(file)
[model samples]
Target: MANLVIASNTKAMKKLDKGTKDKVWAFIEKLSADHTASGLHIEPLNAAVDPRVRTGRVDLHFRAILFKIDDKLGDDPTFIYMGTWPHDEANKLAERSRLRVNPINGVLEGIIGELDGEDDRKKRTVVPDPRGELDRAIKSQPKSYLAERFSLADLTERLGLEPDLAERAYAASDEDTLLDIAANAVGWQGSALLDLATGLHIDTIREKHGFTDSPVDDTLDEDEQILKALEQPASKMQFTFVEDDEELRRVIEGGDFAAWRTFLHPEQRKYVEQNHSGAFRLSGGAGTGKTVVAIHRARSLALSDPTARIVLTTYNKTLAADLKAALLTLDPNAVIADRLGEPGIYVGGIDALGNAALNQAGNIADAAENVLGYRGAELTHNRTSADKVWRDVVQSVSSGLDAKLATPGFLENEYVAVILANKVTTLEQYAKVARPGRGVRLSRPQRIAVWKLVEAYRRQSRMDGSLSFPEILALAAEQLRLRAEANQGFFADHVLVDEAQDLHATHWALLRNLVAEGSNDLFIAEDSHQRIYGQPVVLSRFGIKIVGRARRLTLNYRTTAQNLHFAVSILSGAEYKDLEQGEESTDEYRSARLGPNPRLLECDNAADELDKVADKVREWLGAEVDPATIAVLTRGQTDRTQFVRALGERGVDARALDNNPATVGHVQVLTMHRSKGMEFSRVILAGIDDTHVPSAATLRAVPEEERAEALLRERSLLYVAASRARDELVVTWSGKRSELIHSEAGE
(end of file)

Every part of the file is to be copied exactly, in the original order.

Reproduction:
[model samples]
Target: MANLVIASNTKAMKKLDKGTKDKVWAFIEKLSADHTASGLHIEPLNAAVDPRVRTGRVDLHFRAILFKIDDKLGDDPTFIYMGTWPHDEANKLAERSRLRVNPINGVLEGIIGELDGEDDRKKRTVVPDPRGELDRAIKSQPKSYLAERFSLADLTERLGLEPDLAERAYAASDEDTLLDIAANAVGWQGSALLDLATGLHIDTIREKHGFTDSPVDDTLDEDEQILKALEQPASKMQFTFVEDDEELRRVIEGGDFAAWRTFLHPEQRKYVEQNHSGAFRLSGGAGTGKTVVAIHRARSLALSDPTARIVLTTYNKTLAADLKAALLTLDPNAVIADRLGEPGIYVGGIDALGNAALNQAGNIADAAENVLGYRGAELTHNRTSADKVWRDVVQSVSSGLDAKLATPGFLENEYVAVILANKVTTLEQYAKVARPGRGVRLSRPQRIAVWKLVEAYRRQSRMDGSLSFPEILALAAEQLRLRAEANQGFFADHVLVDEAQDLHATHWALLRNLVAEGSNDLFIAEDSHQRIYGQPVVLSRFGIKIVGRARRLTLNYRTTAQNLHFAVSILSGAEYKDLEQGEESTDEYRSARLGPNPRLLECDNAADELDKVADKVREWLGAEVDPATIAVLTRGQTDRTQFVRALGERGVDARALDNNPATVGHVQVLTMHRSKGMEFSRVILAGIDDTHVPSAATLRAVPEEERAEALLRERSLLYVAASRARDELVVTWSGKRSELIHSEAGE